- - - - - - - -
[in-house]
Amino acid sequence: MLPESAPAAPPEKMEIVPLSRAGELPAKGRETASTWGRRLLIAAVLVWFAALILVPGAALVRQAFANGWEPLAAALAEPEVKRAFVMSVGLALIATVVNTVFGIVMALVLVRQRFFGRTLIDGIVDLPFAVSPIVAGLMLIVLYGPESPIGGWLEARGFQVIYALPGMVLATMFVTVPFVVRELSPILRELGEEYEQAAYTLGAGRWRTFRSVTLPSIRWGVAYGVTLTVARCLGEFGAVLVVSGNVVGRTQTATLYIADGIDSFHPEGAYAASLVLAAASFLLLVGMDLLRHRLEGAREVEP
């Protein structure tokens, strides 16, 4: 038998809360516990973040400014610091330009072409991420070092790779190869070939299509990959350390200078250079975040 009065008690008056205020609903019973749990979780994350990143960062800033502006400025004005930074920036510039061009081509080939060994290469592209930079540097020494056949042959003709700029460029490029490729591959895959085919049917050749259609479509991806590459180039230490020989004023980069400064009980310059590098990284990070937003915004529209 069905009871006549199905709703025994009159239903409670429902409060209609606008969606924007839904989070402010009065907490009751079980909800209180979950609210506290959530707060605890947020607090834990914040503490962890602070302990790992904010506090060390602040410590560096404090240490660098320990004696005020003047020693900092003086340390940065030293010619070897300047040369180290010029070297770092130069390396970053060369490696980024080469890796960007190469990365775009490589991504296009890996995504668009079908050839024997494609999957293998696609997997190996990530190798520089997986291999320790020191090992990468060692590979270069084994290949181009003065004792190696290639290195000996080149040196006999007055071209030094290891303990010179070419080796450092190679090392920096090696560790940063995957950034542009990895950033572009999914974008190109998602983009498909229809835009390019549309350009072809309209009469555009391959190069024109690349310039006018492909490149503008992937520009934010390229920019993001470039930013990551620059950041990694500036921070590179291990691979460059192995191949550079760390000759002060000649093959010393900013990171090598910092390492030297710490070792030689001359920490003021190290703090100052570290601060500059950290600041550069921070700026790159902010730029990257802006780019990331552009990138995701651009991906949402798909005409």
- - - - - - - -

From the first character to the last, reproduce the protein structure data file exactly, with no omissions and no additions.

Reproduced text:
[in-house]
Amino acid sequence: MLPESAPAAPPEKMEIVPLSRAGELPAKGRETASTWGRRLLIAAVLVWFAALILVPGAALVRQAFANGWEPLAAALAEPEVKRAFVMSVGLALIATVVNTVFGIVMALVLVRQRFFGRTLIDGIVDLPFAVSPIVAGLMLIVLYGPESPIGGWLEARGFQVIYALPGMVLATMFVTVPFVVRELSPILRELGEEYEQAAYTLGAGRWRTFRSVTLPSIRWGVAYGVTLTVARCLGEFGAVLVVSGNVVGRTQTATLYIADGIDSFHPEGAYAASLVLAAASFLLLVGMDLLRHRLEGAREVEP
């Protein structure tokens, strides 16, 4: 038998809360516990973040400014610091330009072409991420070092790779190869070939299509990959350390200078250079975040 009065008690008056205020609903019973749990979780994350990143960062800033502006400025004005930074920036510039061009081509080939060994290469592209930079540097020494056949042959003709700029460029490029490729591959895959085919049917050749259609479509991806590459180039230490020989004023980069400064009980310059590098990284990070937003915004529209 069905009871006549199905709703025994009159239903409670429902409060209609606008969606924007839904989070402010009065907490009751079980909800209180979950609210506290959530707060605890947020607090834990914040503490962890602070302990790992904010506090060390602040410590560096404090240490660098320990004696005020003047020693900092003086340390940065030293010619070897300047040369180290010029070297770092130069390396970053060369490696980024080469890796960007190469990365775009490589991504296009890996995504668009079908050839024997494609999957293998696609997997190996990530190798520089997986291999320790020191090992990468060692590979270069084994290949181009003065004792190696290639290195000996080149040196006999007055071209030094290891303990010179070419080796450092190679090392920096090696560790940063995957950034542009990895950033572009999914974008190109998602983009498909229809835009390019549309350009072809309209009469555009391959190069024109690349310039006018492909490149503008992937520009934010390229920019993001470039930013990551620059950041990694500036921070590179291990691979460059192995191949550079760390000759002060000649093959010393900013990171090598910092390492030297710490070792030689001359920490003021190290703090100052570290601060500059950290600041550069921070700026790159902010730029990257802006780019990331552009990138995701651009991906949402798909005409």